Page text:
Amnon Horovitzamnon.firstname.lastname@example.org Phone: +972-8-934-3399 Homepage of Amnon Horovitz, Opens in new window
Talented and motivated student who wishes to study allostery and function in eukaryotic chaperonins and their connection to various diseases
Ron Diskinron.email@example.com Phone: +972-8-934-6720 Homepage of Ron Diskin, Opens in new window
Investigating the function of topological changes in membrane-crossing viral proteins.[Read more] about Ron Diskin
Please contact for additional details
Rina Rosenzweigrina.firstname.lastname@example.org Phone: +972-8-934-2516 Homepage of Rina Rosenzweig, Opens in new window
NMR studies of transient chaperone-substrate interactions[Read more] about Rina Rosenzweig
Almost all proteins depend on a well-defined three-dimensional structure to obtain their functionality. In order to prevent misfolding, aggregation, and the generation of toxic species, the process of protein folding in the cell is often guided by molecular chaperones. These complex protein networks either interact with substrate polypeptides to help them fold; unfold misfolded species; dissolve aggregates; or deliver substrates to proteolysis. Very little structural information, however, is available regarding how chaperones bind their substrates or the manner in which they protect proteins from misfolding and aggregation.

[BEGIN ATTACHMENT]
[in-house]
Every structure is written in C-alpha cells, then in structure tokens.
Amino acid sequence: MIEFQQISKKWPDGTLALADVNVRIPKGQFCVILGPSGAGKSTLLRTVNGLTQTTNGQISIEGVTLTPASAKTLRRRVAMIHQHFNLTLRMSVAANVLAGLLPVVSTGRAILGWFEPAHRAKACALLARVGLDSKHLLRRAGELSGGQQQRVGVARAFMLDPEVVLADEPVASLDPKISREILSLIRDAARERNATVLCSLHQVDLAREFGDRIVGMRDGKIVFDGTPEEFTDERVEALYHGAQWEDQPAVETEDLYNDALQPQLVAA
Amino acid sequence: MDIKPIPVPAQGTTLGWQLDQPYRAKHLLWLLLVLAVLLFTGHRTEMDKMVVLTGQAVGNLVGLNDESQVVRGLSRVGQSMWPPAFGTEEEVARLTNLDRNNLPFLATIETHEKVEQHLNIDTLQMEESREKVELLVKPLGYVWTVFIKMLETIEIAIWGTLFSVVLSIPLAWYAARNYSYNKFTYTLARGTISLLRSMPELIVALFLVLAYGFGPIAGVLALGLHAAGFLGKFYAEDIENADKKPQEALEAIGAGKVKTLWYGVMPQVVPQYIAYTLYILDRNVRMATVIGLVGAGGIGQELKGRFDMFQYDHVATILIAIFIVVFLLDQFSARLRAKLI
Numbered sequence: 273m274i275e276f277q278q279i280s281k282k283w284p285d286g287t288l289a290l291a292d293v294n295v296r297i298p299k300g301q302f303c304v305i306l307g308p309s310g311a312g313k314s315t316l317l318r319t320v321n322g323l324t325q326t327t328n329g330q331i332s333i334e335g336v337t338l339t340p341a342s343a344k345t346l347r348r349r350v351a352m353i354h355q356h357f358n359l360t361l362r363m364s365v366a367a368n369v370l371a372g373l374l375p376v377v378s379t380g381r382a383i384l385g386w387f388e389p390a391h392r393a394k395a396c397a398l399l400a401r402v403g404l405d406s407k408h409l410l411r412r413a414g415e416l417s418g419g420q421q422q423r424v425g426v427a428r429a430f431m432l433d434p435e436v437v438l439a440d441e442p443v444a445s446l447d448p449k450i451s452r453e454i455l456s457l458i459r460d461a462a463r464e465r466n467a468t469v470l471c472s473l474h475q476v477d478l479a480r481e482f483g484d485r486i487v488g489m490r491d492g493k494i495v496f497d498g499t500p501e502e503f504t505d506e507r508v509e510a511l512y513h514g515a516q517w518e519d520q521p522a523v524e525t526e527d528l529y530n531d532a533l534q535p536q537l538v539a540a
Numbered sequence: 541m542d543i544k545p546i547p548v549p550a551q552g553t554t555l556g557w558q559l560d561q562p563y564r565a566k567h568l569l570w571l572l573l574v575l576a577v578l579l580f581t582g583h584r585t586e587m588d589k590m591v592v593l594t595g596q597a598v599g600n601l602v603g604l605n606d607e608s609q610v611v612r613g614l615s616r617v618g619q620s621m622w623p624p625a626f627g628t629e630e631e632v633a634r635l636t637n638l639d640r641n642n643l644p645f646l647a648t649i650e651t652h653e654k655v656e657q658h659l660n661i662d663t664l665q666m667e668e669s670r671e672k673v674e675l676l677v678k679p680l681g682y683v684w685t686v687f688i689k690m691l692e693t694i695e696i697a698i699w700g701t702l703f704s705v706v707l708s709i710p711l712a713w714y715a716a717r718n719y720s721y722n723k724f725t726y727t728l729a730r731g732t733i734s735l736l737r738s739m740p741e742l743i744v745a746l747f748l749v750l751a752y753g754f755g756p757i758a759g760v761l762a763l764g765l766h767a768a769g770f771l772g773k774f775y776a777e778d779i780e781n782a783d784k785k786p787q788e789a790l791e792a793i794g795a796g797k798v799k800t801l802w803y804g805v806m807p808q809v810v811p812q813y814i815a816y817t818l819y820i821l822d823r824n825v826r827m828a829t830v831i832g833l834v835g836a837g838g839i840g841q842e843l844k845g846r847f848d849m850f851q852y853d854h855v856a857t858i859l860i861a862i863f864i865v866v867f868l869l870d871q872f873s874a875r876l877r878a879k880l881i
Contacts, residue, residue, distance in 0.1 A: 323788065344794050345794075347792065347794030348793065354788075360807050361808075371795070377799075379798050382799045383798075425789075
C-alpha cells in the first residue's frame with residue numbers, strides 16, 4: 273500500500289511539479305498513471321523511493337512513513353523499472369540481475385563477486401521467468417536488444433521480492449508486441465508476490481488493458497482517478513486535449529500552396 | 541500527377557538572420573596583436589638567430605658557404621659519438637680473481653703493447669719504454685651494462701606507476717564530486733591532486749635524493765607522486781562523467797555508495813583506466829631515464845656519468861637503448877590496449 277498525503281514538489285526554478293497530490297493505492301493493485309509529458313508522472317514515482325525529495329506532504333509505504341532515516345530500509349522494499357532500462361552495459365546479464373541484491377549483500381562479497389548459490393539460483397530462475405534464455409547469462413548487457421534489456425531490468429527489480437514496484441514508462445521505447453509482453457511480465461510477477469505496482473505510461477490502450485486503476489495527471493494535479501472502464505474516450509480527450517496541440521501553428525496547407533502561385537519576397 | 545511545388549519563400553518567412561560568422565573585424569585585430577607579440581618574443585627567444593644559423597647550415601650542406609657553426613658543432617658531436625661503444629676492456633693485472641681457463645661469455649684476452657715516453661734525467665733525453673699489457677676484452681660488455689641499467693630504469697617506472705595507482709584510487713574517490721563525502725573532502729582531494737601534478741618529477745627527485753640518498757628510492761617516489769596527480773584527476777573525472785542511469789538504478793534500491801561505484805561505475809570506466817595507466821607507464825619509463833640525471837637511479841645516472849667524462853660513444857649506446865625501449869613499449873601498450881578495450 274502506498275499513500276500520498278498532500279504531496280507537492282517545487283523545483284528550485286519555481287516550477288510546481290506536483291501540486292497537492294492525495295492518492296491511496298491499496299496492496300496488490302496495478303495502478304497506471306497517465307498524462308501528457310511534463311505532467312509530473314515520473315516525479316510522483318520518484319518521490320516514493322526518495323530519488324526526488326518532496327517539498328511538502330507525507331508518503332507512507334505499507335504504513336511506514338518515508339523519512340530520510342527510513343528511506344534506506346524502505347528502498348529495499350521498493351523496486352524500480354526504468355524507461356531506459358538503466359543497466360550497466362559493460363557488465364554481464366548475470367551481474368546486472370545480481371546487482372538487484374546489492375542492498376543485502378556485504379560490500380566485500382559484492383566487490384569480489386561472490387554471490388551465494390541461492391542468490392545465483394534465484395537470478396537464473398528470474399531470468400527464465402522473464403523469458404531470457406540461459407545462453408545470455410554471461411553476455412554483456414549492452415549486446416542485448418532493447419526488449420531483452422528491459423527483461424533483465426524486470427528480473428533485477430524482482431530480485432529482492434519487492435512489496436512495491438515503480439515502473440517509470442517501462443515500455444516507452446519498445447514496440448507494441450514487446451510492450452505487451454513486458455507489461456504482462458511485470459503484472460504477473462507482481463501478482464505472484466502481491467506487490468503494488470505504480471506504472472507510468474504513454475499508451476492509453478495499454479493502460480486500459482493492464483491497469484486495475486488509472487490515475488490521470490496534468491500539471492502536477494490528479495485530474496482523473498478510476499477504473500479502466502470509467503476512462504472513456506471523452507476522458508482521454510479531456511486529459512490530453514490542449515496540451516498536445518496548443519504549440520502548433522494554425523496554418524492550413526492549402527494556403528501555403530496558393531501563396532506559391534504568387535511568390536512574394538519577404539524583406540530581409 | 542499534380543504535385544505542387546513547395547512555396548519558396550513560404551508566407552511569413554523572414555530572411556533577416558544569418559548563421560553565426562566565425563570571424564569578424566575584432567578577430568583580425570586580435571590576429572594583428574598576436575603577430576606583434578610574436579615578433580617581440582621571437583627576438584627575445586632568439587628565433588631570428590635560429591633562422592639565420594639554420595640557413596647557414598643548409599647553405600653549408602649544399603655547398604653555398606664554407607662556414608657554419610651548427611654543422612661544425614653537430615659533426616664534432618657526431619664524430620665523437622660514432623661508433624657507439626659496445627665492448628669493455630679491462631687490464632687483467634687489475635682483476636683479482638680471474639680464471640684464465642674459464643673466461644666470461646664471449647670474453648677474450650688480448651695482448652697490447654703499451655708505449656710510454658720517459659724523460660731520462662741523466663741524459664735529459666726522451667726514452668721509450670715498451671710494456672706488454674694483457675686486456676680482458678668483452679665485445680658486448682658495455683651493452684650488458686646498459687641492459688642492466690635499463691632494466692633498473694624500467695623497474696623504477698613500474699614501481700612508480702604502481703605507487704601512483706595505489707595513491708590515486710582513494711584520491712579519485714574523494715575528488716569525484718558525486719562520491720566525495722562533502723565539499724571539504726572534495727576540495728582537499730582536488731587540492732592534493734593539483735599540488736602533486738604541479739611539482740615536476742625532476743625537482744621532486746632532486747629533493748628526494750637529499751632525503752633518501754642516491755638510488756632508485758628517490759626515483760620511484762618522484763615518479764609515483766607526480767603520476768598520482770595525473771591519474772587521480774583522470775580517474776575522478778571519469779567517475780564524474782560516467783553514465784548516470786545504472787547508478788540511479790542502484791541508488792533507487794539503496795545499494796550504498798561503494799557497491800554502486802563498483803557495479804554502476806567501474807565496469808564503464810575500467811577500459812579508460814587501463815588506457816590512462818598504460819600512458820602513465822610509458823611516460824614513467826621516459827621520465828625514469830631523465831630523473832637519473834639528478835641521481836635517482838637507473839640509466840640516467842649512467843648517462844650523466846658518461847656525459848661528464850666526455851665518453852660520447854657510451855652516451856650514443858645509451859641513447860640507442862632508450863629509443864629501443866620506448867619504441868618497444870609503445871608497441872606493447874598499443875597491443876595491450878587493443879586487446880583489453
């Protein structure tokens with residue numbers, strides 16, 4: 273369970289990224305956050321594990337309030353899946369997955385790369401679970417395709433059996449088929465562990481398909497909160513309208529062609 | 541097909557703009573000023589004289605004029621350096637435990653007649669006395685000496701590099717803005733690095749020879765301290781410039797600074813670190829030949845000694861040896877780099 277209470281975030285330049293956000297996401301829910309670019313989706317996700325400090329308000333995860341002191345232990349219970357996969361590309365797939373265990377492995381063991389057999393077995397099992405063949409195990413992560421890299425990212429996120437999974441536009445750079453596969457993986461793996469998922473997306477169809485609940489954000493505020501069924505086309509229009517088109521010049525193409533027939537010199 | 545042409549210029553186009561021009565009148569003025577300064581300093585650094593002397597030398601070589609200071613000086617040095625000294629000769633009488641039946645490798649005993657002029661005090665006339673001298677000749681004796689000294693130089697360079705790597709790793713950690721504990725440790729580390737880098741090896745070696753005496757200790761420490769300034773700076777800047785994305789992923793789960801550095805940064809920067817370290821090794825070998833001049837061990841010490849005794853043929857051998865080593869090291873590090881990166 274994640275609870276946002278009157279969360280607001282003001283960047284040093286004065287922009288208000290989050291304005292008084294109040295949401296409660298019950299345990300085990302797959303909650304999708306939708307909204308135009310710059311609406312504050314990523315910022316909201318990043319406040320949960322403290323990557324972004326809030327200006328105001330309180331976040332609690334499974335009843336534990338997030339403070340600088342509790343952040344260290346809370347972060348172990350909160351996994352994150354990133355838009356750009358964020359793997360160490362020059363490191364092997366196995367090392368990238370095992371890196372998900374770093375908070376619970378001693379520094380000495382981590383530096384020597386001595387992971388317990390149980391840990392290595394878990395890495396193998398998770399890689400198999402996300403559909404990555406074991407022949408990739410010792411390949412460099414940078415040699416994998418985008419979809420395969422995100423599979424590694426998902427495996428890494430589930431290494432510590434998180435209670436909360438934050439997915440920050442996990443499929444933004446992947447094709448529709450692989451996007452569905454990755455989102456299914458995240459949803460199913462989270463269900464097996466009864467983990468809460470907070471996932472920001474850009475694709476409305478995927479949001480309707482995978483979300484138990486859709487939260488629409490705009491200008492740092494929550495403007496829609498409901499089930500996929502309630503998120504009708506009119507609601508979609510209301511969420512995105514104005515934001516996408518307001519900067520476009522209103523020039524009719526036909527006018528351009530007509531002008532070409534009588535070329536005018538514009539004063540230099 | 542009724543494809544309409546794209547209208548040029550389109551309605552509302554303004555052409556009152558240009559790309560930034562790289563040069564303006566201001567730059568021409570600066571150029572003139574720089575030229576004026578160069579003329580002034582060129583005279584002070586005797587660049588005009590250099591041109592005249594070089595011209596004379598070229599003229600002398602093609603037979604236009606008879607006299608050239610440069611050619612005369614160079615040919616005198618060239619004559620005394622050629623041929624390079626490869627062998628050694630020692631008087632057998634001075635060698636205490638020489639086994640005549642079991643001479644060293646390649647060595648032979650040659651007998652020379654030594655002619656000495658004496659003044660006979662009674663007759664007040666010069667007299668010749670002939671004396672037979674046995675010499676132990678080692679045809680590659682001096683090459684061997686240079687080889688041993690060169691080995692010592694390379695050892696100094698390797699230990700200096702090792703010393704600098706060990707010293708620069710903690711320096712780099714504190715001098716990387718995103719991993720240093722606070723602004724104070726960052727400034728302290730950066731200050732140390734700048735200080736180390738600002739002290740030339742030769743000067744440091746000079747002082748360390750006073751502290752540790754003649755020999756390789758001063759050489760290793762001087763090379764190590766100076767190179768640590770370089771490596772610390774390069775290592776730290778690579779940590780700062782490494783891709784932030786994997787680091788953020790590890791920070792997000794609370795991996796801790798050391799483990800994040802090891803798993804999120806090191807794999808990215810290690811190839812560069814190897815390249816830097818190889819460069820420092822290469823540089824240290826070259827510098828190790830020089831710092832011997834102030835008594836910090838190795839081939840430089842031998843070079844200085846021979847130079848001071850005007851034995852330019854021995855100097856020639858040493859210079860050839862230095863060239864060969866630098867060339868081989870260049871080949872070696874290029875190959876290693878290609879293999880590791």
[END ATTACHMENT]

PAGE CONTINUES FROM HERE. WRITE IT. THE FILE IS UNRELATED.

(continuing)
This lack of information arises from the highly dynamic nature of chaperone-substrate complexes – a trait that prevents their characterization by traditional structural techniques, but fortunately for us, makes them great targets for NMR spectroscopy.
In this project we will use solution-state NMR to probe the molecular interactions between hundreds-of-kilodalton large chaperone complexes and “client” proteins, as well as the structural and dynamic features of these complexes